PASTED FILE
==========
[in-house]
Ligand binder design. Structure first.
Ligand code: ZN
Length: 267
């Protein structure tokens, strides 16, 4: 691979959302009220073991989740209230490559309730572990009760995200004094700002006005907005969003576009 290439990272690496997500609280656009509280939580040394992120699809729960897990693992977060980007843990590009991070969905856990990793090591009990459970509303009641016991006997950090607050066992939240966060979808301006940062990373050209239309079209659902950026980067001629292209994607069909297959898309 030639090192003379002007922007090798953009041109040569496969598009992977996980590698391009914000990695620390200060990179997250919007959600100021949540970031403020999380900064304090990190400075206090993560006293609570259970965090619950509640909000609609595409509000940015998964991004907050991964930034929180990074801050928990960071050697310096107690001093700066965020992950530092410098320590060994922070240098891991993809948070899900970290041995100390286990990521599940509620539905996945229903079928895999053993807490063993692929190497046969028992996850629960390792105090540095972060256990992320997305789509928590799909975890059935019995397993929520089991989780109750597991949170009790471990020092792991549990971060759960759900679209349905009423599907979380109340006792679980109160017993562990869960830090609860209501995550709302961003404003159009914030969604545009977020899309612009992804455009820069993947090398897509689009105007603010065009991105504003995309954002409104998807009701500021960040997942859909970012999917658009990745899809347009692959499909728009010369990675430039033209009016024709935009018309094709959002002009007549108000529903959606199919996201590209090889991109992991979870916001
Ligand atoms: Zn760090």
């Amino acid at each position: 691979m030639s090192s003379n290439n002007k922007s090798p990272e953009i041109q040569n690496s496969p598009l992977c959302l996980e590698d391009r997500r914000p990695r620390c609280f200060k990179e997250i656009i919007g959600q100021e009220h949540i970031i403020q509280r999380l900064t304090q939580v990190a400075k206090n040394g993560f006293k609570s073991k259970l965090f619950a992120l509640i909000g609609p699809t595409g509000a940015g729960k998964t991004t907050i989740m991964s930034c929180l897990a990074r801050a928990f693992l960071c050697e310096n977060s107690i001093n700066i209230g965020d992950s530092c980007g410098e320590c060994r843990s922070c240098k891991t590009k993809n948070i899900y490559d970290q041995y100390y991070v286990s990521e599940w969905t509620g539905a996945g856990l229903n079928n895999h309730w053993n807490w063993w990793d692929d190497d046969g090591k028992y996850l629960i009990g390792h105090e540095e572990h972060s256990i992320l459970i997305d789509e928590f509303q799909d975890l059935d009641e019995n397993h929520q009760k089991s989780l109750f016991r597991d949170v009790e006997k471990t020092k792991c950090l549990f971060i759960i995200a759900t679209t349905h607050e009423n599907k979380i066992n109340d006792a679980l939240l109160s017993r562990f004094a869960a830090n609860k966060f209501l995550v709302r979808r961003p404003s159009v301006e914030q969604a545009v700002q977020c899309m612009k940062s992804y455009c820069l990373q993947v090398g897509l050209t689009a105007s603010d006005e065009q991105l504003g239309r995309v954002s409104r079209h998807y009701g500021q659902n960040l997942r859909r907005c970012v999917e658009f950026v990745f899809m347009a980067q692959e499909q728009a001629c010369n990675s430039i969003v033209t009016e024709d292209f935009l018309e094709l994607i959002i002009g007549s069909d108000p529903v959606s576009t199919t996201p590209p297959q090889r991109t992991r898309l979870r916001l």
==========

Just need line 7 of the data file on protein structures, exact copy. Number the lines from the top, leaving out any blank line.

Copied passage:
């Amino acid at each position: 691979m030639s090192s003379n290439n002007k922007s090798p990272e953009i041109q040569n690496s496969p598009l992977c959302l996980e590698d391009r997500r914000p990695r620390c609280f200060k990179e997250i656009i919007g959600q100021e009220h949540i970031i403020q509280r999380l900064t304090q939580v990190a400075k206090n040394g993560f006293k609570s073991k259970l965090f619950a992120l509640i909000g609609p699809t595409g509000a940015g729960k998964t991004t907050i989740m991964s930034c929180l897990a990074r801050a928990f693992l960071c050697e310096n977060s107690i001093n700066i209230g965020d992950s530092c980007g410098e320590c060994r843990s922070c240098k891991t590009k993809n948070i899900y490559d970290q041995y100390y991070v286990s990521e599940w969905t509620g539905a996945g856990l229903n079928n895999h309730w053993n807490w063993w990793d692929d190497d046969g090591k028992y996850l629960i009990g390792h105090e540095e572990h972060s256990i992320l459970i997305d789509e928590f509303q799909d975890l059935d009641e019995n397993h929520q009760k089991s989780l109750f016991r597991d949170v009790e006997k471990t020092k792991c950090l549990f971060i759960i995200a759900t679209t349905h607050e009423n599907k979380i066992n109340d006792a679980l939240l109160s017993r562990f004094a869960a830090n609860k966060f209501l995550v709302r979808r961003p404003s159009v301006e914030q969604a545009v700002q977020c899309m612009k940062s992804y455009c820069l990373q993947v090398g897509l050209t689009a105007s603010d006005e065009q991105l504003g239309r995309v954002s409104r079209h998807y009701g500021q659902n960040l997942r859909r907005c970012v999917e658009f950026v990745f899809m347009a980067q692959e499909q728009a001629c010369n990675s430039i969003v033209t009016e024709d292209f935009l018309e094709l994607i959002i002009g007549s069909d108000p529903v959606s576009t199919t996201p590209p297959q090889r991109t992991r898309l979870r916001l």